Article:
• A look back: WSB-TV and the civil rights movement

    By: Jovita Moore

    Updated:

    ATLANTA - This week, as we celebrate 70 years of WSB-TV, we're looking back at the stories that changed our city, state and nation.

    On July 2, 1964 the Civil Rights Act outlawed discrimination based on race. Just two days later, a young WSB-TV reporter found out the battle over race was far from over.

    On July 4, 1964, the WSB-TV newsroom assigned reporter Dave Riggs to cover a pro-segregation rally in Lakewood Park in southeast Atlanta.

    Riggs took former WSB-TV anchor John Pruitt with him.

    [RELATED: John Pruitt's last show]

    At the time, Pruitt was a former news intern who was just days into his first actual job.

    “As it turned out, that story developed in two places, because there were the speakers – the governor of Mississippi was there, J.B. Stoner was there, I think Gov. Maddox was there, he wasn’t governor then, but Mr. Maddox was there -- and they were speaking to this crowd, a very pro-segregation group. A group of blacks broke in over the fence on the other side of stadium and were trying to get to the place where the speakers were. But some of the people in the crowd went over and there was a confrontation,” Riggs said.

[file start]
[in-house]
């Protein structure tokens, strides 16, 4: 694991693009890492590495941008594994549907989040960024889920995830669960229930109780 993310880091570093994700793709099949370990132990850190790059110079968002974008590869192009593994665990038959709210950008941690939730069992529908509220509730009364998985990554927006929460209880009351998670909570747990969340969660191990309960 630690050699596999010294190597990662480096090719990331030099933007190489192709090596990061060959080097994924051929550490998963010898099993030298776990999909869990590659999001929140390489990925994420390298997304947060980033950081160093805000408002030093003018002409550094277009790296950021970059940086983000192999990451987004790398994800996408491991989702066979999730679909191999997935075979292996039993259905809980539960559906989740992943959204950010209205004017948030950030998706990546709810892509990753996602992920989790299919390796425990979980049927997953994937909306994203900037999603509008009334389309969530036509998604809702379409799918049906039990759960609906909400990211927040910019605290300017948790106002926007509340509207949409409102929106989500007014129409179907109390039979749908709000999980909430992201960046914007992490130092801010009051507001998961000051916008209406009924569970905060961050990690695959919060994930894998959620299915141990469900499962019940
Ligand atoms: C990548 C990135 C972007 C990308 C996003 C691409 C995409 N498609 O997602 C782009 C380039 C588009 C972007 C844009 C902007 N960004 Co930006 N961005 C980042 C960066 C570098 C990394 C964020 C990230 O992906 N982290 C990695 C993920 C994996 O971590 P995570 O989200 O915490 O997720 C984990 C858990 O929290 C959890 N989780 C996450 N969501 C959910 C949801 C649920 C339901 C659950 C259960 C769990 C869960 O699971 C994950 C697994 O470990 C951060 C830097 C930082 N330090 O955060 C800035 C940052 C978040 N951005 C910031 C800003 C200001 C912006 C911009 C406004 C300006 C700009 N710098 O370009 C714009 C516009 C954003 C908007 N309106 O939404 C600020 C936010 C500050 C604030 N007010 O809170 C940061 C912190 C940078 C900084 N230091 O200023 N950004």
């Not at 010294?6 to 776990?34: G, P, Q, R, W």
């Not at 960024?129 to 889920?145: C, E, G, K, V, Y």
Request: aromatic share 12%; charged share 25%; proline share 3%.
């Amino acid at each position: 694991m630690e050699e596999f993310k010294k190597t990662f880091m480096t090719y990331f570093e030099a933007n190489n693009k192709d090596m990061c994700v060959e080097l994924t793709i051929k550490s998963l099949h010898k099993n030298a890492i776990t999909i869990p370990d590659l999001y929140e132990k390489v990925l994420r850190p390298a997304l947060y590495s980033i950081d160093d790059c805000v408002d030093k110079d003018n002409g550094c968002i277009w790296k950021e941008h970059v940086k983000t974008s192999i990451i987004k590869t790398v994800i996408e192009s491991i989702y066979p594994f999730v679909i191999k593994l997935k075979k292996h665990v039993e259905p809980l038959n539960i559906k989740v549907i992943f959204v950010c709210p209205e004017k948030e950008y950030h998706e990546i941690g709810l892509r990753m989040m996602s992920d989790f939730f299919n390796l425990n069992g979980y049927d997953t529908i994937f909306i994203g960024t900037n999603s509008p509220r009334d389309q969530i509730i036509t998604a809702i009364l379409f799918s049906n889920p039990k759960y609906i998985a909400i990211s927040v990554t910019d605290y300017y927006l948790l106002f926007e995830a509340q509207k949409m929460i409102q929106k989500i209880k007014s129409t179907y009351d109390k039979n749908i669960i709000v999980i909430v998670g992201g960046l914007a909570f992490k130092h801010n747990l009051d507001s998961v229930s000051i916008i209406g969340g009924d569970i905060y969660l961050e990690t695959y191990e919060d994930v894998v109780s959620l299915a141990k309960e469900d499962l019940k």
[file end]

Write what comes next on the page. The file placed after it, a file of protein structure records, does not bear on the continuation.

Riggs had to man the camera on a tripod, so he put Pruitt to work.

    “He gave me a silent camera, which I had never operated, didn't know how to operate, showed me the button to push and said, ‘Go see what you can get.’ So I more or less waded into the crowd and got some pictures of the violence up close and personal,” Pruitt said.

    [PHOTOS: Behind-the-scenes at WSB-TV]

    At the time, WSB was an NBC affiliate. The network used Pruitt's film that night to show the violence.

    “Almost every day, we were going out to cover stories of racial strife, protests, demonstrations, Klan rallies, eruptions of civil protests in some Georgia cities outside the city of Atlanta,” Pruitt said. “It was a time of peril for reporters, dangerous times, but we all felt we were covering important history that was being made. We were chronicling a movement, a social revolution, in a very real way. That was probably the most vibrant time of my career.”

    In 1967, WSB-TV made history when it hired radio journalist Lo Jelks. Jelks was Atlanta’s first black television reporter.

    [RELATED: WSB-TV marks 70 years of coverage]

    Jelks says he covered everything from City Hall to preparations for a Klan rally.

    “One of the first things I was told about that assignment was, ‘Listen, if you don't want to do this, you don't have to do this.’ But I wanted that experience,” Jelks said.

    It was a challenging time in Atlanta and across the country – and TV played an important part.

    “These scenes were coming into their homes every evening on the news via television. So I think the fact that we could use a visual medium to bring the emotion and the pictures of the movement into people’s homes really helped to accelerate it and bring about change much quicker,” Pruitt said.

    The civil rights movement is only one of the big stories we've covered in the last 70 years. Take a look back with us Sunday at 7 p.m. during our primetime special “70 years at WSB-TV.” 

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